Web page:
The Max Planck Institute for Radio Astronomy in Bonn has left its mark on the terrestrial landscape: a gigantic white dish that towers into the sky near Effelsberg in the Eifel hills – the 100-metre telescope. When the scientists there or at the other antennae worldwide reach for the stars, the weather does not necessarily have to be good, as radio waves can pass through clouds. In this spectral range, which is invisible to the human eye, the researchers observe both infant stellar objects and stars frail with age, molecules in the interstellar medium and far away radio galaxies, and the centre of the Milky Way and magnetic fields, as well as dust and gas at cosmological distances. And since one telescope on its own is often not sufficient for all this, the radio astronomers in Bonn work with so-called interferometry – they link together several other antennae around the world to form a “giant eye”.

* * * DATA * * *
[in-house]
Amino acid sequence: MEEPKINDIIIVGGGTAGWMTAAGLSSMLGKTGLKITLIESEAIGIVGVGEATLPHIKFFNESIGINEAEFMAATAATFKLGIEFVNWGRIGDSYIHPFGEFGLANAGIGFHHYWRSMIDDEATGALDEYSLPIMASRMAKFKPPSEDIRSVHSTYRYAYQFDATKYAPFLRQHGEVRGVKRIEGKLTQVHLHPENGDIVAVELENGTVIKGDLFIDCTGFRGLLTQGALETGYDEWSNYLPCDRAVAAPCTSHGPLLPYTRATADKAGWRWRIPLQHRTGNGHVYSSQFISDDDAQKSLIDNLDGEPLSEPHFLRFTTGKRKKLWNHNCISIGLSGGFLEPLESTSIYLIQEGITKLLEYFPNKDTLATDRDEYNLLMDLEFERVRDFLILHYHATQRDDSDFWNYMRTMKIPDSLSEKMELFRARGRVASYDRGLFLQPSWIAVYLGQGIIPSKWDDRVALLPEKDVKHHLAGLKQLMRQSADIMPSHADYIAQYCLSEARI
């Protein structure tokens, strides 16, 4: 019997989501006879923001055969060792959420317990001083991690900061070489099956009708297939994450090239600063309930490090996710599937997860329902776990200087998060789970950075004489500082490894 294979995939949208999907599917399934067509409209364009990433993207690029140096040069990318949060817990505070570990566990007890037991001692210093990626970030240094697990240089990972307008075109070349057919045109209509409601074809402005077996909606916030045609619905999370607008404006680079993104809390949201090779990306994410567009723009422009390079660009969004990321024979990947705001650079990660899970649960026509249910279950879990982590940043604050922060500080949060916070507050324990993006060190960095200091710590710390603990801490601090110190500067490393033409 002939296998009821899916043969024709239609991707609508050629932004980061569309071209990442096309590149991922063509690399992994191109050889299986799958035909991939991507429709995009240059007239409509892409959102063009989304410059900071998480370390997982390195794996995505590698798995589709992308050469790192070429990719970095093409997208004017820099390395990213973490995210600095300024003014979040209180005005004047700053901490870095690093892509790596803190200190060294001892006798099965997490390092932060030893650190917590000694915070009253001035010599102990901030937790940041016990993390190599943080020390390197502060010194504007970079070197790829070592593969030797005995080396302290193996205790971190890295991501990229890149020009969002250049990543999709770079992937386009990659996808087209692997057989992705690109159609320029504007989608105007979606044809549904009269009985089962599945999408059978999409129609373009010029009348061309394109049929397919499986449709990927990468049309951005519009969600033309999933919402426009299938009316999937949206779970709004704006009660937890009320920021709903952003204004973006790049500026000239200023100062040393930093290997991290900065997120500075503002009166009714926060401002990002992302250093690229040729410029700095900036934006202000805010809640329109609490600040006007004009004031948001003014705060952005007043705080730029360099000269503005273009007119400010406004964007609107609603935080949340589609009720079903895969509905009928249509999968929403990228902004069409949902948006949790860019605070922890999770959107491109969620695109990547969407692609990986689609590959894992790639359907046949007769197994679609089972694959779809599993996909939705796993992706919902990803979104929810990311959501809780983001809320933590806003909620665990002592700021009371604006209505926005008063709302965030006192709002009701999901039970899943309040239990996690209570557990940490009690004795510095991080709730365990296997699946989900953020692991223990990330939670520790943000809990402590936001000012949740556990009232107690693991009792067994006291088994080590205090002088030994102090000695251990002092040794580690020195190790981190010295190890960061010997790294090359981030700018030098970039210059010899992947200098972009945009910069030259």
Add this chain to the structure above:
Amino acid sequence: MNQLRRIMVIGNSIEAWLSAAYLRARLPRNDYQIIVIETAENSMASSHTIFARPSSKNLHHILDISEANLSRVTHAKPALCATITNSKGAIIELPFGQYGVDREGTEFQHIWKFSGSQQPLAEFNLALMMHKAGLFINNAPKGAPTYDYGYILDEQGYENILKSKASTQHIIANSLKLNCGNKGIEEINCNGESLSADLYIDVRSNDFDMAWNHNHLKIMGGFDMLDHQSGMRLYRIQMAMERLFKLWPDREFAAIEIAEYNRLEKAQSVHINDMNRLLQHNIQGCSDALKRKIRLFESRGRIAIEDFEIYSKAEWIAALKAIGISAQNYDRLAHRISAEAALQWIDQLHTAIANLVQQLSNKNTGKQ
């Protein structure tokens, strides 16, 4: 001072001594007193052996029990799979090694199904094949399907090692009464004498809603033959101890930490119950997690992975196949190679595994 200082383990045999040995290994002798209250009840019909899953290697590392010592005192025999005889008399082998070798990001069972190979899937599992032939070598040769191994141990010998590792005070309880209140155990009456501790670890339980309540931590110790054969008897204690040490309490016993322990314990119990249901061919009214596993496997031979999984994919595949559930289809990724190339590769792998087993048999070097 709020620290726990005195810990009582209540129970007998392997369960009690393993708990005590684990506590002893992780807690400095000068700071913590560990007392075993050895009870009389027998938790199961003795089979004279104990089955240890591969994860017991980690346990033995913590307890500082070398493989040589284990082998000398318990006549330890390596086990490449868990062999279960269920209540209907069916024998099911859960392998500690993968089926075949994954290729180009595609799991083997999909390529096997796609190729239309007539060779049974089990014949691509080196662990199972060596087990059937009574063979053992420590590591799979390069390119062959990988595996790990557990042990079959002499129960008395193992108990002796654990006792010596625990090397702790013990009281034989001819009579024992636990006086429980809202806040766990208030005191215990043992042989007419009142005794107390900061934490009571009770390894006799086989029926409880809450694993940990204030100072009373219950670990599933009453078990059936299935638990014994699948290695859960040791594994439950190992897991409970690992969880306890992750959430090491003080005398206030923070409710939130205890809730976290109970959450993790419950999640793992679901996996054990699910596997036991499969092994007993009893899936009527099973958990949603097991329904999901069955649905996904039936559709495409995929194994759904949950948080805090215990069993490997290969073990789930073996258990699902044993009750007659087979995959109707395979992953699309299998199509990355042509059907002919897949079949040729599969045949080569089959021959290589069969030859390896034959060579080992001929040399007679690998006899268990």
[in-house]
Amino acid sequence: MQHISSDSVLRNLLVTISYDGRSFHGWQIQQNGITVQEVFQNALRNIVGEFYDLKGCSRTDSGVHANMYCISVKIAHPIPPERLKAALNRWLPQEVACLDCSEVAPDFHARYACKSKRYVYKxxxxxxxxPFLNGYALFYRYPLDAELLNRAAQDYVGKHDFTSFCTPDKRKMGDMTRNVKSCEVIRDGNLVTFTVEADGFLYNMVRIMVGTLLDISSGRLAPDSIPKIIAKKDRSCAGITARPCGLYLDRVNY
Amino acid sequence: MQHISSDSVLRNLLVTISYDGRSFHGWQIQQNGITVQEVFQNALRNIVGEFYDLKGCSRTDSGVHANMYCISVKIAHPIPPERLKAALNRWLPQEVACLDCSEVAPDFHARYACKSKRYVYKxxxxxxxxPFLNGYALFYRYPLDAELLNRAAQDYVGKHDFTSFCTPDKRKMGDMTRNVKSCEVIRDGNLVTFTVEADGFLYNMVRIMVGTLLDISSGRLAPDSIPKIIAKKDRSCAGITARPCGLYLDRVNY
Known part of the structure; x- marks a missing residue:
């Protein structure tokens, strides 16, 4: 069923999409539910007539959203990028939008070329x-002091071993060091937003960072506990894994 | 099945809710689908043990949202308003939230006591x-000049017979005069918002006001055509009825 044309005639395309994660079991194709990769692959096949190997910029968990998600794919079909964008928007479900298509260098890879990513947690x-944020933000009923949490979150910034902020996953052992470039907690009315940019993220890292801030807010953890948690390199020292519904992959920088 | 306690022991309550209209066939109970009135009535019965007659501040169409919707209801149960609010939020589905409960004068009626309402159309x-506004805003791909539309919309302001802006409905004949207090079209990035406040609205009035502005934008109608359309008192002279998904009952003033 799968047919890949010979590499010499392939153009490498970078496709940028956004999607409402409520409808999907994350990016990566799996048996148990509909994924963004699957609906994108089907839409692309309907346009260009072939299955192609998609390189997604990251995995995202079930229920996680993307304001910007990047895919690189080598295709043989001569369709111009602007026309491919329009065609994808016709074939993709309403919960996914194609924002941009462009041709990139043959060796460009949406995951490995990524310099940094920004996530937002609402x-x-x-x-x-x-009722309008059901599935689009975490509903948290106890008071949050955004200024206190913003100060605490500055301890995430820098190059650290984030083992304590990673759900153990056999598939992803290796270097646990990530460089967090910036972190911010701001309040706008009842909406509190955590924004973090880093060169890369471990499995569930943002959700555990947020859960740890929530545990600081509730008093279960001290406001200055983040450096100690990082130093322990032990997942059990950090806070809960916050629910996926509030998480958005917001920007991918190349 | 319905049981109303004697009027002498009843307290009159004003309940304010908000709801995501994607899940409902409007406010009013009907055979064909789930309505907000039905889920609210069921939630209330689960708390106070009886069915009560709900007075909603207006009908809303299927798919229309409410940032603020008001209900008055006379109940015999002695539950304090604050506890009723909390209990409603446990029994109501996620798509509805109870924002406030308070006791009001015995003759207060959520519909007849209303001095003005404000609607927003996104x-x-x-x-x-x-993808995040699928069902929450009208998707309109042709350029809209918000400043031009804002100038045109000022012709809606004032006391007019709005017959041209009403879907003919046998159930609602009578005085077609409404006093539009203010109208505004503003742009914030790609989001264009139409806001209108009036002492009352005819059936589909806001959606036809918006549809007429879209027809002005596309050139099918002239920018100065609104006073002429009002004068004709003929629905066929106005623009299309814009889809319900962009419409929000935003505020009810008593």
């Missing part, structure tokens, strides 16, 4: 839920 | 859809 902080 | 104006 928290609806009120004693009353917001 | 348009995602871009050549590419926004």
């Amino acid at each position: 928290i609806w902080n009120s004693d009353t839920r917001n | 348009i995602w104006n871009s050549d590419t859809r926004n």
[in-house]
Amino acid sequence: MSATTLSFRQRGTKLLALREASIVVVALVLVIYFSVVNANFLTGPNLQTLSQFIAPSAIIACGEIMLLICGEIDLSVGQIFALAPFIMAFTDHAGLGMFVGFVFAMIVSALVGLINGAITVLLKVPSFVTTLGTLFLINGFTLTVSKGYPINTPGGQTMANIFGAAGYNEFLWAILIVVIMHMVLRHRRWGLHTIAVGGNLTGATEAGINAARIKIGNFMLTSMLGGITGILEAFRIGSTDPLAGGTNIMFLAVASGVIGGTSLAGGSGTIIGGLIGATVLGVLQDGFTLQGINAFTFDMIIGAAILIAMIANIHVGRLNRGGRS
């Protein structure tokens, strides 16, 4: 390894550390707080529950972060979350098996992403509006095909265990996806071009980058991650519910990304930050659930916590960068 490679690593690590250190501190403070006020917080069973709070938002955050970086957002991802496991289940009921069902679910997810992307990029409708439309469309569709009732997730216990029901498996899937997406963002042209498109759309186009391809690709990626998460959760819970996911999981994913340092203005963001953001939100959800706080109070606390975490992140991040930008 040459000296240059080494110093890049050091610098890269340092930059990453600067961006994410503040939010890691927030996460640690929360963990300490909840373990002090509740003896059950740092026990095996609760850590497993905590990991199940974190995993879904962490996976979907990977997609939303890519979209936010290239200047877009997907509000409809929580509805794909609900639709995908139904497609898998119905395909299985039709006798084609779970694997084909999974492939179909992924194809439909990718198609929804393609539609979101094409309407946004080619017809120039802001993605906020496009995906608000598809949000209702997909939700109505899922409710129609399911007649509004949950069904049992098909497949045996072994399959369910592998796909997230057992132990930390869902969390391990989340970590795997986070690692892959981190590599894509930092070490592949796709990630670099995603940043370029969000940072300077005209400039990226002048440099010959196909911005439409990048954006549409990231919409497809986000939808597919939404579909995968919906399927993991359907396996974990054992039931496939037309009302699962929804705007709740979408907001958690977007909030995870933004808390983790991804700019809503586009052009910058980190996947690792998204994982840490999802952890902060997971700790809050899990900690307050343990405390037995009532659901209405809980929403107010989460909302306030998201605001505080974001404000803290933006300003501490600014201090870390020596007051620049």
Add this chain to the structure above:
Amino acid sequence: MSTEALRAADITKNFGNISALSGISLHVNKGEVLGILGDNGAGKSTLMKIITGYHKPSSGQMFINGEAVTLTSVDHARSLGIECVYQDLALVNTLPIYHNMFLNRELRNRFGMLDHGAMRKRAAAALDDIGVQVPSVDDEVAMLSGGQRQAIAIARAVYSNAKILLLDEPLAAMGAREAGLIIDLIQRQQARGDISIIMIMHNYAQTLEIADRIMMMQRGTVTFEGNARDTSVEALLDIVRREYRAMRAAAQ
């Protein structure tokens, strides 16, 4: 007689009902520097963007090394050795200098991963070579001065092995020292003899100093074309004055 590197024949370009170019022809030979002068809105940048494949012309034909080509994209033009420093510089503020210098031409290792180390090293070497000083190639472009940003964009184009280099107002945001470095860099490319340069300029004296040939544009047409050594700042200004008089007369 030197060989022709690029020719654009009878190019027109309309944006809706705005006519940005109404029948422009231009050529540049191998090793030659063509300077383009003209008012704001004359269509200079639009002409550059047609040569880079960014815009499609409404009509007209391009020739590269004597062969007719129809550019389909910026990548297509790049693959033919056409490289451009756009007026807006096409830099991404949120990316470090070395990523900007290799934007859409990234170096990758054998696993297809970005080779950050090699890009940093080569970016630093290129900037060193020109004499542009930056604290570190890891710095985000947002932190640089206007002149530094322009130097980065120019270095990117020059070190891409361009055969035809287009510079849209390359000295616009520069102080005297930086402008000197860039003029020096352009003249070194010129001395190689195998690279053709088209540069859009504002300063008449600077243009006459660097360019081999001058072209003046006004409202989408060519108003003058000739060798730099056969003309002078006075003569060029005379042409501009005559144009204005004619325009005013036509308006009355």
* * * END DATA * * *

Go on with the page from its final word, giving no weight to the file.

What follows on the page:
No job offers available